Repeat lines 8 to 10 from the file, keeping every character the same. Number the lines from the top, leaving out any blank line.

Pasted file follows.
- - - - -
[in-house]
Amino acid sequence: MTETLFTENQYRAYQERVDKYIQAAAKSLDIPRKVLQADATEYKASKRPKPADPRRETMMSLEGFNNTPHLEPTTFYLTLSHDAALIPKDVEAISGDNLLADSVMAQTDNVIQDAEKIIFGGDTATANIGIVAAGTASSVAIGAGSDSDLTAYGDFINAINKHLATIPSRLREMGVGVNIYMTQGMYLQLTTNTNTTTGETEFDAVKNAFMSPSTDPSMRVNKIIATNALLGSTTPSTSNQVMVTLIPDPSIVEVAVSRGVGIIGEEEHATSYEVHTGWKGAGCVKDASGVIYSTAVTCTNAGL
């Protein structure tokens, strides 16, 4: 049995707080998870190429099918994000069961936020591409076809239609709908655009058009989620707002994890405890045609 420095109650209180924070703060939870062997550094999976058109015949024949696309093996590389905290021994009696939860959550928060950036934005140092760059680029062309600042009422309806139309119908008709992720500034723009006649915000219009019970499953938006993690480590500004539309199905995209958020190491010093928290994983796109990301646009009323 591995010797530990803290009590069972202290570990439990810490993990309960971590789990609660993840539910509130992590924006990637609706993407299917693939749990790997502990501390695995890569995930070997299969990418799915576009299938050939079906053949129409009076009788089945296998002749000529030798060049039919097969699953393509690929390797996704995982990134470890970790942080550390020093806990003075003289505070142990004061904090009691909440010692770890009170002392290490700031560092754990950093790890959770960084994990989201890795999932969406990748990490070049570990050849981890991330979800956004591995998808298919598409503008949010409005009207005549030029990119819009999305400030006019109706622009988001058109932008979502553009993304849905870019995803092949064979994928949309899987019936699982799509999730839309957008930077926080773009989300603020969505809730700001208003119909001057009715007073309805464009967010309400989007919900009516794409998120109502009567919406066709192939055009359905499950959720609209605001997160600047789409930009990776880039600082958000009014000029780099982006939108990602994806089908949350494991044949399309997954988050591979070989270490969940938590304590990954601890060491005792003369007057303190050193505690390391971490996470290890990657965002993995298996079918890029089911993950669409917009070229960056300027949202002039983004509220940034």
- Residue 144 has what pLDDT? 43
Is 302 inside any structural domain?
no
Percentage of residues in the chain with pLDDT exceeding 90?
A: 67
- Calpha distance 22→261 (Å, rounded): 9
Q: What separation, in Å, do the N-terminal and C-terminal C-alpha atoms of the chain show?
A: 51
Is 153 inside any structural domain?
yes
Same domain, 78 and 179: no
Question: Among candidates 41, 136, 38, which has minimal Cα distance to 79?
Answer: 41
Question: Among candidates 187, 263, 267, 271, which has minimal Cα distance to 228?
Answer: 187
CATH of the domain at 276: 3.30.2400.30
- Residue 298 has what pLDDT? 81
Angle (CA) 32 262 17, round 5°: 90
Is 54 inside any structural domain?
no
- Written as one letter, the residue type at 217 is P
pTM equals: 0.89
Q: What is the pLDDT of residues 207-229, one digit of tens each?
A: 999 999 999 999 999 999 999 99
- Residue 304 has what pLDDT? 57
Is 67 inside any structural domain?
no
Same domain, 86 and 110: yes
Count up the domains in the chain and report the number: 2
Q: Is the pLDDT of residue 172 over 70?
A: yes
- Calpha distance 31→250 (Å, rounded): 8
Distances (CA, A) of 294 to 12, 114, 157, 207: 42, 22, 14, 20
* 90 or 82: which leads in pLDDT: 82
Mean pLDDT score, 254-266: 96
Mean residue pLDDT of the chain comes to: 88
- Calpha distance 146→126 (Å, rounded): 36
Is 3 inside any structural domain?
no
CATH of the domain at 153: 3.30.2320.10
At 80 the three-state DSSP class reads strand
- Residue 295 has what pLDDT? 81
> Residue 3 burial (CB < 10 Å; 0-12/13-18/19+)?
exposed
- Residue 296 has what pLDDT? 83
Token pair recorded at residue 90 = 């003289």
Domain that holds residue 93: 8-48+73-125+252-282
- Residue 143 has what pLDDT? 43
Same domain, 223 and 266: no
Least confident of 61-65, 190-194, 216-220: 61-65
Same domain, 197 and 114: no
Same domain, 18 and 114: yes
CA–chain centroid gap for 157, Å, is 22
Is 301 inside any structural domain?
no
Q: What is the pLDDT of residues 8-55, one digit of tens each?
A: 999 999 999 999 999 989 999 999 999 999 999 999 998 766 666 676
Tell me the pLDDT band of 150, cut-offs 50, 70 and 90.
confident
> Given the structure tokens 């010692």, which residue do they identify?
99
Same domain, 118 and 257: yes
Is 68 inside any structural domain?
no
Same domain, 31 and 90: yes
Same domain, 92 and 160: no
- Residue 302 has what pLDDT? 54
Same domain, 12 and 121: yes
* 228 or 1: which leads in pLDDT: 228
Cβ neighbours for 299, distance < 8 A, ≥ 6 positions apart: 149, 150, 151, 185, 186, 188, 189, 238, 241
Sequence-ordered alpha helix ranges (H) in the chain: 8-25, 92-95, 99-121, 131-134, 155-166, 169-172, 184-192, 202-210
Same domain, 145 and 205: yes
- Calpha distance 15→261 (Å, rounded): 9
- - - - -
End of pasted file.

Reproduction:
A: 67
- Calpha distance 22→261 (Å, rounded): 9
Q: What separation, in Å, do the N-terminal and C-terminal C-alpha atoms of the chain show?